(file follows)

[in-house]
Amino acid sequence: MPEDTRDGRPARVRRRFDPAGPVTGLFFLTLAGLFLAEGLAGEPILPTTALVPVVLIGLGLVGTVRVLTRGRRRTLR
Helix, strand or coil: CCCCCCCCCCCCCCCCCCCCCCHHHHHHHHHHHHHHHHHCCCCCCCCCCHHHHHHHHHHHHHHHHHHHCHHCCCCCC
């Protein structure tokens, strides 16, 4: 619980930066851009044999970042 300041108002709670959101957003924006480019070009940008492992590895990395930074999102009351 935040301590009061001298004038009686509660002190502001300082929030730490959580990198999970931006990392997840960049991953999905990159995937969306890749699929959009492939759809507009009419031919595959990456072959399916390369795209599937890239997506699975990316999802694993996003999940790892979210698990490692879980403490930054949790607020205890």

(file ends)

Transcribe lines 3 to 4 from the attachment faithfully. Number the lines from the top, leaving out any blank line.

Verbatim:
Helix, strand or coil: CCCCCCCCCCCCCCCCCCCCCCHHHHHHHHHHHHHHHHHCCCCCCCCCCHHHHHHHHHHHHHHHHHHHCHHCCCCCC
């Protein structure tokens, strides 16, 4: 619980930066851009044999970042 300041108002709670959101957003924006480019070009940008492992590895990395930074999102009351 935040301590009061001298004038009686509660002190502001300082929030730490959580990198999970931006990392997840960049991953999905990159995937969306890749699929959009492939759809507009009419031919595959990456072959399916390369795209599937890239997506699975990316999802694993996003999940790892979210698990490692879980403490930054949790607020205890």